At what altitude(s) do dogfights typically occur? How has this changed from World War I up to now?
At what altitude(s) do dogfights typically occur?
All of them.
Throughout history dogfights have generally started at one of the aircraft's "best altitude", which depends on the aircraft, and then descended as the pilot's trade altitude for airspeed.
Altitude disparity can be so great that one or the other will simply not engage, or do so at a serious penalty if they are forced to. This occurred during the Falklands when the Argentinian aircraft had much more performance than the UK's Harriers, but only at higher altitudes. The Harriers simply refused to fight them, so if the Argentines wanted to get to the ships they had to fly down where the Harriers had the advantage. The same occurred during WWII when US B-17's flew at altitudes where German fighters were struggling, allowing the escorting P-51's to chew them up.
It is not uncommon for extended dogfights to end with troops on the ground shooting down some of the aircraft, as was the case with the Red Baron (or so the Australians will claim).
WWI dogfights would generally be between 5-15000 ft. Aircraft could patrol up to 20,000 ft (yes, without oxygen). The Camel had a service ceiling of 19000 ft, the SPAD XIII almost 22,000 ft.
In WWII, generally between 20-35000 ft over W Europe, under 20000 ft over Russia and in the far east. Bomber escorts in W Europe started out hanging with the bomber formations just above at perhaps 25-27000 ft, but later when they were sent to range on ahead, they would patrol at 30-35000. The FW190-A8 had a service ceiling of a bit over 37000 ft, and the Mustang just over 40, but at service ceiling there is almost no spare energy available for maneuvering so you couldn't actually fight at that altitude for any length of time.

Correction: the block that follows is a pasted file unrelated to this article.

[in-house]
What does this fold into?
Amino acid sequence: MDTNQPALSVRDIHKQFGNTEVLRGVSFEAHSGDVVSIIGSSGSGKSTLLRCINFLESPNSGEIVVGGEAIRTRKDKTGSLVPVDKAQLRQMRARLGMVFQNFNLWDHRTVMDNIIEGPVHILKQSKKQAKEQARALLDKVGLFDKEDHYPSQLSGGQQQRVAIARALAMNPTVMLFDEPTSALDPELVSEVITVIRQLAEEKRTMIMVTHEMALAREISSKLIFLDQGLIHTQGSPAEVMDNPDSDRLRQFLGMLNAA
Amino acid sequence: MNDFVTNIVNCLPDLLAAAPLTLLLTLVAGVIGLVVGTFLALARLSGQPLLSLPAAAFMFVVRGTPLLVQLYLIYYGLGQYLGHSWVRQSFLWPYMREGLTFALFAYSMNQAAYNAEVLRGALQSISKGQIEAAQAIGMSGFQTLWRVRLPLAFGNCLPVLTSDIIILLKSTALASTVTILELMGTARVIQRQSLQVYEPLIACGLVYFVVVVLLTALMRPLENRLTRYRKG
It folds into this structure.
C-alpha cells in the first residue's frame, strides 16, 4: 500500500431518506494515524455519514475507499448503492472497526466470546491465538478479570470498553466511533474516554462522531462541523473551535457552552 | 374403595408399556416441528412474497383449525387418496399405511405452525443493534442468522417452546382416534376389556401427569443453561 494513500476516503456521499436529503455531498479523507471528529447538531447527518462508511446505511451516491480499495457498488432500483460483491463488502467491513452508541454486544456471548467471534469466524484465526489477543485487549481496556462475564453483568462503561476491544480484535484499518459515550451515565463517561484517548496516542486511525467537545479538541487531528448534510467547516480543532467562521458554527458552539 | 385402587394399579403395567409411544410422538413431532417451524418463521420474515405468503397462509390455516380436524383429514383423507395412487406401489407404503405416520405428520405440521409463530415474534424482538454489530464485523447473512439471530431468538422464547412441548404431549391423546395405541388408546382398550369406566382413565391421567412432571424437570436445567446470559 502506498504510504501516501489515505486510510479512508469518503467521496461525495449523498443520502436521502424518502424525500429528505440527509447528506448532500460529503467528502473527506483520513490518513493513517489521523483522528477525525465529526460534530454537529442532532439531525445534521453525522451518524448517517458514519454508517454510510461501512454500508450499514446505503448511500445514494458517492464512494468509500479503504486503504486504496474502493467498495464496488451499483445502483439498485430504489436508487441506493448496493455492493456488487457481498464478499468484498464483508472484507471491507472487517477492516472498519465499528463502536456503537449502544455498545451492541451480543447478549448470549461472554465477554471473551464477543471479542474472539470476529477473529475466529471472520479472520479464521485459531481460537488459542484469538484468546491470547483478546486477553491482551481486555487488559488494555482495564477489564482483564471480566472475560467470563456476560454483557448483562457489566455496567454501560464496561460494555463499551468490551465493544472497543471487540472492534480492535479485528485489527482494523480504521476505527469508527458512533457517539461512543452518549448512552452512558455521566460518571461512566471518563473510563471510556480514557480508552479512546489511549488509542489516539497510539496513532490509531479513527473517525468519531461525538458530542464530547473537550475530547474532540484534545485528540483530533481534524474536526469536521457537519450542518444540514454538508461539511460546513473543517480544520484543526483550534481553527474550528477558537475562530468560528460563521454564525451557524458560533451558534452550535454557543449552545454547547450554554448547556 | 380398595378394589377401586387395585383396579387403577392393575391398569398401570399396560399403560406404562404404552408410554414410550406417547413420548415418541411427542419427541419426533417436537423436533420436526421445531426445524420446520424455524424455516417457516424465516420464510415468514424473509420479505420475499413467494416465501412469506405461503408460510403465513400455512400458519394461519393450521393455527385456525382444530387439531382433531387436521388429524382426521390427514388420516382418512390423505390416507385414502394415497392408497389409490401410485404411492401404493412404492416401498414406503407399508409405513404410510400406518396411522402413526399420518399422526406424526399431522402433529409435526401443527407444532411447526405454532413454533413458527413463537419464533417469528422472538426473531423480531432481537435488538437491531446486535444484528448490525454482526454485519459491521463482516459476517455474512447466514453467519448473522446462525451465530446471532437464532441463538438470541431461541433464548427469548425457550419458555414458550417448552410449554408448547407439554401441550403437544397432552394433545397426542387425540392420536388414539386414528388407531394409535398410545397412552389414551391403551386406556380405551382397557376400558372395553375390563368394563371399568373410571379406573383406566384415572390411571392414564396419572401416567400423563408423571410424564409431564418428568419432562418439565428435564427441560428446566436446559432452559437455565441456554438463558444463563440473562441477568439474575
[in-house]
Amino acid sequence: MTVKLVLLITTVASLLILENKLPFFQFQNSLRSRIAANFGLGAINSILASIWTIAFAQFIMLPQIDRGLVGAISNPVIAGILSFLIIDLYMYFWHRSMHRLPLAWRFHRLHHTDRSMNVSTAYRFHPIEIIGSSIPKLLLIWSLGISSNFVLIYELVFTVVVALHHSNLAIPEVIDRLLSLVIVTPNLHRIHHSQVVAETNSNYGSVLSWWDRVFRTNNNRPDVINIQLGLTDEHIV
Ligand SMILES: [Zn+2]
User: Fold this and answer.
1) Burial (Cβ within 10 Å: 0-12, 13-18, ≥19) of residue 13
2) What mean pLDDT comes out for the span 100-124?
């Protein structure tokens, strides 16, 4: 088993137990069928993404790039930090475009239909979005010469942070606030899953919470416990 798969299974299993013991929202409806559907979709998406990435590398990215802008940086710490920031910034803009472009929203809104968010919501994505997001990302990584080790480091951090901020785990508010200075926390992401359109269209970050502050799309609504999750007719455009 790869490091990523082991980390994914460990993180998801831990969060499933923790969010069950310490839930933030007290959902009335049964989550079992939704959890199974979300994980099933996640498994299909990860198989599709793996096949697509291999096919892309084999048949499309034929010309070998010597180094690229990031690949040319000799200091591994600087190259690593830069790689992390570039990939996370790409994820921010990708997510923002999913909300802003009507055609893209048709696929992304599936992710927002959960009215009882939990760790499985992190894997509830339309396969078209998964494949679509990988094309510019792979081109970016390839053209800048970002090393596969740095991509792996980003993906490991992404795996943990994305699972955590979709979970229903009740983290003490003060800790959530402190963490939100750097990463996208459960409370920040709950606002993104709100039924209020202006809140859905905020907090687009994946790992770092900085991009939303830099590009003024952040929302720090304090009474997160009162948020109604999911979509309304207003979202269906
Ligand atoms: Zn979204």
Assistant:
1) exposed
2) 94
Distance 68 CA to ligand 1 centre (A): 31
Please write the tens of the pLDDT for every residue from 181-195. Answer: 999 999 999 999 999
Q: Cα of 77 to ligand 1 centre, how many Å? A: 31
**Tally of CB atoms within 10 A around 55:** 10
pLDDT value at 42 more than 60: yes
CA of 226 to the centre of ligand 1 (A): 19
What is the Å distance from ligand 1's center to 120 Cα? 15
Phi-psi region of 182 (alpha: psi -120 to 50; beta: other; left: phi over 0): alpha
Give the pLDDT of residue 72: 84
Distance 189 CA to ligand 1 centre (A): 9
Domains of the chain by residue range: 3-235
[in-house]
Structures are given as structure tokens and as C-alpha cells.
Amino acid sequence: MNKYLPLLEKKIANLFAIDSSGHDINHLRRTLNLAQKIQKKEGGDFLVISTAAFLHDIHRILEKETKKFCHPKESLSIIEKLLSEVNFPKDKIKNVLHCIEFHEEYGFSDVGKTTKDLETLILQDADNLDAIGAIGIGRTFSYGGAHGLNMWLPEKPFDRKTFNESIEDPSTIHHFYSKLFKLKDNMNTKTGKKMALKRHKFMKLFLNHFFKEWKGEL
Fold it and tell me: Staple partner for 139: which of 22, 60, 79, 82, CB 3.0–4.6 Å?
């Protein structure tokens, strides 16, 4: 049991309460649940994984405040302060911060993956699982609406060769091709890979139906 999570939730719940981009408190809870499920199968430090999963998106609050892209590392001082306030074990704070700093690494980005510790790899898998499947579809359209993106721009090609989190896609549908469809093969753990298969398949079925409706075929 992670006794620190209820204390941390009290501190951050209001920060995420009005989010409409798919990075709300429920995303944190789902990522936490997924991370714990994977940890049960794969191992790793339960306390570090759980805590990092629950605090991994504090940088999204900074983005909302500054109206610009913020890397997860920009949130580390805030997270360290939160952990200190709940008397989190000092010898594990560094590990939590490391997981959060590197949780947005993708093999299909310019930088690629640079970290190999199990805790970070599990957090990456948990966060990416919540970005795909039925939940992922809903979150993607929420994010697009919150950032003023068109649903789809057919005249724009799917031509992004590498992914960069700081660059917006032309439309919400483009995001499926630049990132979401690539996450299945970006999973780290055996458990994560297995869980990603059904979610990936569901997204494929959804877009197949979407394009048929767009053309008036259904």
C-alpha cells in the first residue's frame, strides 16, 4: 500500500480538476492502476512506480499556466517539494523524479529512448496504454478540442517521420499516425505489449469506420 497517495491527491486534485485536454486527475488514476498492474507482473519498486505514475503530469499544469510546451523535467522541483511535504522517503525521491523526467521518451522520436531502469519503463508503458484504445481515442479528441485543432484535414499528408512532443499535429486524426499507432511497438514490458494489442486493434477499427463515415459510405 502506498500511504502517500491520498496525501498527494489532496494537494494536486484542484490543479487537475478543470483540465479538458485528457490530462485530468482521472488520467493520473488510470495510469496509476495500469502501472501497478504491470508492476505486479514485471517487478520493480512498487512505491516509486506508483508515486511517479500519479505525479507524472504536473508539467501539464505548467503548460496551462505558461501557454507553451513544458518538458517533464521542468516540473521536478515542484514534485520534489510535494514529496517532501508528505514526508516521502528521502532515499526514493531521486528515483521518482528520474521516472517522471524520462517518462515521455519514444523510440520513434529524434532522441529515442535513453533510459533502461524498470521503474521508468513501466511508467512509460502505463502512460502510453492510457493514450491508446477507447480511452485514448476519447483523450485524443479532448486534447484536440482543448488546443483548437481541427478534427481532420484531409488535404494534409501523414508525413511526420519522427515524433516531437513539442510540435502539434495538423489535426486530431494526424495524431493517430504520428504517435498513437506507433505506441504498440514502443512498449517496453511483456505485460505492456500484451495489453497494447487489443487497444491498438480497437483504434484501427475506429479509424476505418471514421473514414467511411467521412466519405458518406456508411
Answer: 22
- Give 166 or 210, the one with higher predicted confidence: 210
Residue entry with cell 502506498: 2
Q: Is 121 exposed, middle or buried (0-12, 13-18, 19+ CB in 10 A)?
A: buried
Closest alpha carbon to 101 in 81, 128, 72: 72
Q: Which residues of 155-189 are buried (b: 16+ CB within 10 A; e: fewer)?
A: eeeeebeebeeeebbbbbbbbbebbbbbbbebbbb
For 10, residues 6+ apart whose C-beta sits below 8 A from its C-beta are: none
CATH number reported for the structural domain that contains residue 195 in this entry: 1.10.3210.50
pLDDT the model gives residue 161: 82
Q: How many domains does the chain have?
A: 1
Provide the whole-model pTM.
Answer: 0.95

In both WW's, once started the fighting aircraft would get lower and lower as they consumed energy, that would normally be available for climbing, in maneuvering for advantage, and in long fights they would end up near the ground.
An interesting aspect of high altitude combat in unpressurized airplanes was the risk of getting the bends from extended exposure to the low atmospheric pressure above 25000.
Today, I would say 20-50000 ft.